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A very great many years ago, when I first started to become interested in this thing called ‘art’, by chance I came across the Picasso painting of 1902, Blue nude.

I remember that what struck me most forcefully about Blue nude was the lack of clear distinction between foreground and background, the figure being delineated almost entirely by that bold, black line.

I was also much attracted to the texture of the work and the way that the colour seemed to be created by applying paint on top of paint rather than by mixing (remember please that I was young and knew nothing of art and painting at this point). At the time, had someone spoken to me of life-drawing, I doubt that I would have understood what they were talking about.

Above: female, fully reclined, graphite

About ten or twelve years ago, on retiring from a career in graphics and teaching, I took up life drawing as a serious pursuit and began attending a local weekly life drawing group. My standard medium is graphite in the form of the graphite sticks and blocks rather than pencils.

Above: male, fully reclined, graphite

Because I have a tendency to become very laboured in my work—not just with the life drawing—which always results in something stiff and awkward, I have adopted a deliberate practice of disrupting the work in some way whenever I feel that it is in danger of becoming a little stilted. Most often I will do this using the hard plastic eraser as a mark-making tool, and/or by making random marks on the paper.

Above: Becky, fully reclined, graphite and pastel

In the past I have worked almost exclusively with the graphite with only an occasional excursion into colour. There are one or two people in the drawing group who work with acrylic paint and although I don’t want to go there, in the last year or so I began to feel that I ought perhaps to explore the use of other media in my drawings. It’s the mark-making that interests and excites me so I turned first to other mark-making media such as pastels and crayons.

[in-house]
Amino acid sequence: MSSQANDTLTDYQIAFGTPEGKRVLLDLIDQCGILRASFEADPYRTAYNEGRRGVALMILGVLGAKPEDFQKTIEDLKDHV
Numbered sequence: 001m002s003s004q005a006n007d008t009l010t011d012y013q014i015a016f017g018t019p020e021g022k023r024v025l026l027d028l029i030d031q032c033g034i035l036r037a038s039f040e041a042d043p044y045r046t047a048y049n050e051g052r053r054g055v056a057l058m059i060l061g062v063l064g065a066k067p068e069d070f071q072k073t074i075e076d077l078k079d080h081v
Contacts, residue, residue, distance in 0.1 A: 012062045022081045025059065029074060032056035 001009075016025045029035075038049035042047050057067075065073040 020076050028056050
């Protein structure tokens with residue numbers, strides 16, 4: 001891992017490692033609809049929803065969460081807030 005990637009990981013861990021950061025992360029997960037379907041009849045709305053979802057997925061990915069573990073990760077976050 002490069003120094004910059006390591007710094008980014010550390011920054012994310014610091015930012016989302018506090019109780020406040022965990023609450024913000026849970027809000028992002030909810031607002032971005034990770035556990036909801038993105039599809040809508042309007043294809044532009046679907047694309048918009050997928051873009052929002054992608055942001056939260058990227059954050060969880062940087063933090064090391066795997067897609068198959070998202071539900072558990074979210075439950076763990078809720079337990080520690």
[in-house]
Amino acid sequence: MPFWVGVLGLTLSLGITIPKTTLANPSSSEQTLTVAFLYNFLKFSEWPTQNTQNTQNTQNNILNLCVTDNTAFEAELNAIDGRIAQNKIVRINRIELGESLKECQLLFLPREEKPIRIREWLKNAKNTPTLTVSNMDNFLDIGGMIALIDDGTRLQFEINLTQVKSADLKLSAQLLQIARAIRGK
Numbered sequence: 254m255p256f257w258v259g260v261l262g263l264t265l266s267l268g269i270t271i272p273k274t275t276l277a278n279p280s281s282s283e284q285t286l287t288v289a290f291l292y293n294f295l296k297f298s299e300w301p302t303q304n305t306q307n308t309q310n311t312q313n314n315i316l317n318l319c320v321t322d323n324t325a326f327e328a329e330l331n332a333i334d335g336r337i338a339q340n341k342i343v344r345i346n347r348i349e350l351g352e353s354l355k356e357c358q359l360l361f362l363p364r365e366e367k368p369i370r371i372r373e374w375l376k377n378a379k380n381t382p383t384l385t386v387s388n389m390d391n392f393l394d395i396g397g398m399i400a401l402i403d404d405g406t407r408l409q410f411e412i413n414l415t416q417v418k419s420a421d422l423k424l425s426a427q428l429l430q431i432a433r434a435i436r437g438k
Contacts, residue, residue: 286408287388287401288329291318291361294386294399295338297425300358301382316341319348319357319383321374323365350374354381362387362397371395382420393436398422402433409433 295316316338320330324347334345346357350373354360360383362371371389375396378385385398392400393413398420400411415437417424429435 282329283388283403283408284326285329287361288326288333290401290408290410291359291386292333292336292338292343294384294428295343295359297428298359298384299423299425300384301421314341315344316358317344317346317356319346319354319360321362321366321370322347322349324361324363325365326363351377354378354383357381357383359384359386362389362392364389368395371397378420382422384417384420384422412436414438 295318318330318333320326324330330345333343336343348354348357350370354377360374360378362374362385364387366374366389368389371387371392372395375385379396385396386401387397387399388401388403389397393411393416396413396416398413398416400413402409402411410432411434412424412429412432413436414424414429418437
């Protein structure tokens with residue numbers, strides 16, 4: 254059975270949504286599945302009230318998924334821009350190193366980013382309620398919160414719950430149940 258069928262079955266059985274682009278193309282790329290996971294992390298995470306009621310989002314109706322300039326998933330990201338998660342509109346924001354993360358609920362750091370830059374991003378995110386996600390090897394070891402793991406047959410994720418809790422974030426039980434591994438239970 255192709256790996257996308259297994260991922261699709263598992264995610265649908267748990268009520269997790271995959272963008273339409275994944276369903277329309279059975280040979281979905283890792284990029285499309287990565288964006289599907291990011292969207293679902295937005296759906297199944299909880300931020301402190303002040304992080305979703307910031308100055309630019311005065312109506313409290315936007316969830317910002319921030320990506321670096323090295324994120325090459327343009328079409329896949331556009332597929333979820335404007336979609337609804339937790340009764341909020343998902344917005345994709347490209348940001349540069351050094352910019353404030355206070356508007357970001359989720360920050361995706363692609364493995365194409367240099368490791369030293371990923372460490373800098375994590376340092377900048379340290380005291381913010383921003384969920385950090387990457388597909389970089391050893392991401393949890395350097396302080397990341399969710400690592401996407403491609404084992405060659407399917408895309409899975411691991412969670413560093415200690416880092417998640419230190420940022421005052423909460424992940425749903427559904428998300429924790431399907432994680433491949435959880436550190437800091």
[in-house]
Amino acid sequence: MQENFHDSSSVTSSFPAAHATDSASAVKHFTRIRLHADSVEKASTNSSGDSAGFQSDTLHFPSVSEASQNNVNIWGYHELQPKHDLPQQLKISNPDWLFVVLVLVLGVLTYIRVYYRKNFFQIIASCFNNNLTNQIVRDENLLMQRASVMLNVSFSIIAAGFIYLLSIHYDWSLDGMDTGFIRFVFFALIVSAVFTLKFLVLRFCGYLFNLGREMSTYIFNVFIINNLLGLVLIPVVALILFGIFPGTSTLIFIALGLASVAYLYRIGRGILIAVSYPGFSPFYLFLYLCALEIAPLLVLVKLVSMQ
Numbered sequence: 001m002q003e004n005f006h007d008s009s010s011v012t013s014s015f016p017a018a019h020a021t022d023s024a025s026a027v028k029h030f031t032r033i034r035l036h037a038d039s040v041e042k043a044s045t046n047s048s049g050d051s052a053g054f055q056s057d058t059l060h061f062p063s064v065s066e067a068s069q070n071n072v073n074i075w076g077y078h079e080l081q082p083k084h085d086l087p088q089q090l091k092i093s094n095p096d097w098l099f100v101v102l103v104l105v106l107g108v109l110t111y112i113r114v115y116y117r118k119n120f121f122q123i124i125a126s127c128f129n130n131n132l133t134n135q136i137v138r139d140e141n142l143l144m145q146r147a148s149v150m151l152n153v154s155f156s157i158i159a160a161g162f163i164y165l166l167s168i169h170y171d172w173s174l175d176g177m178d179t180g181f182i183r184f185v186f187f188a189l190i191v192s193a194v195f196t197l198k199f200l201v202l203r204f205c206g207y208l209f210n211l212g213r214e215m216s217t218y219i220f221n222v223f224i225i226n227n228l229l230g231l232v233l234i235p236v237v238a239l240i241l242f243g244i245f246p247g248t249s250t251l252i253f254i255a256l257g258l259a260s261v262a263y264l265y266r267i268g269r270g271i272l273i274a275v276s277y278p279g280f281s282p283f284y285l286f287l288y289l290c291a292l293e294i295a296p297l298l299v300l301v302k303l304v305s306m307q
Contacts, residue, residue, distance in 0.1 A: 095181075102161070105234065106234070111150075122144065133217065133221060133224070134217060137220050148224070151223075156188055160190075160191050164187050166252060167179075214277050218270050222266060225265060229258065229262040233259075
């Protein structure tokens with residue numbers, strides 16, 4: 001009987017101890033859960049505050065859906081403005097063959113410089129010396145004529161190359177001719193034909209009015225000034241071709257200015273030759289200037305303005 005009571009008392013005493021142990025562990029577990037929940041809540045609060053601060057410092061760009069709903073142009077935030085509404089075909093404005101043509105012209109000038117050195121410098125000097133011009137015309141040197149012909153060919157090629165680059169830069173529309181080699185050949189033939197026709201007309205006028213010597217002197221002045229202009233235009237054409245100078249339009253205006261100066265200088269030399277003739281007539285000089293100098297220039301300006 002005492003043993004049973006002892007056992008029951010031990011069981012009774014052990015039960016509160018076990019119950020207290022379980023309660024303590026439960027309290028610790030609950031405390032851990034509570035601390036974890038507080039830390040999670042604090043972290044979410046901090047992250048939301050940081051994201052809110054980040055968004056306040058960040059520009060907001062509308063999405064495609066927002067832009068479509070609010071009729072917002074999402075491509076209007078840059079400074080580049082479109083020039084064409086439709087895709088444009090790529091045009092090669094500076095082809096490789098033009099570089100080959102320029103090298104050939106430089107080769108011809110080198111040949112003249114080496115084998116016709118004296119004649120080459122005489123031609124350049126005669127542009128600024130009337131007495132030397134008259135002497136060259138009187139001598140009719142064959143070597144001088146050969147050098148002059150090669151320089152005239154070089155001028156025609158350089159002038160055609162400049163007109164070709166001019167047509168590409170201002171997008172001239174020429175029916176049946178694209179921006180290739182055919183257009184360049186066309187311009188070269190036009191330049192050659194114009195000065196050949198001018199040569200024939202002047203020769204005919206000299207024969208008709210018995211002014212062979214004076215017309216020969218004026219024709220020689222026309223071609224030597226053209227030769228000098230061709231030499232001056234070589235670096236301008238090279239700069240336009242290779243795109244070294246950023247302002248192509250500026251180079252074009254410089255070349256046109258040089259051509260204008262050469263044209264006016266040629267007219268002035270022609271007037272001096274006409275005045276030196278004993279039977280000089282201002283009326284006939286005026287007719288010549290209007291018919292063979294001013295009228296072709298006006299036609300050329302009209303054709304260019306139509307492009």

Left: male, standing, graphite, Conté pastel and acrylic marker. Right: Becky, fully reclined, Conté pastel and acrylic marker

I have a few 15 mm acrylic markers that I have been experimenting with. I hesitate to call the result ‘mixed-media’ because the model poses are most usually between ten to thirty minutes and so do not allow for a considered and deliberate approach. In the shorter poses this ‘mixing’ may be no more than applying colour marks with a pastel or a marker.

In recent months I have made some deliberate attempts to explore what I term (if I have to or I am asked to), foreground/background disruption in which the background of the drawing—perhaps no more than some colour marks—comes over and into the figure itself.

Rich, fully reclined, charcoal and pastel

Above: male, sitting, pastel

Looking at some of these drawings recently it occurred to me to wonder how much this is due to that early fascination with the Blue Nude painting. Now I hasten to say that I am not comparing my drawings to the work of Picasso, I am merely pondering on how my very early fascination with Blue Nude may still be an influence on me.

Created By
john david petty
Appreciate

Credits:

All drawings ©John D. Petty

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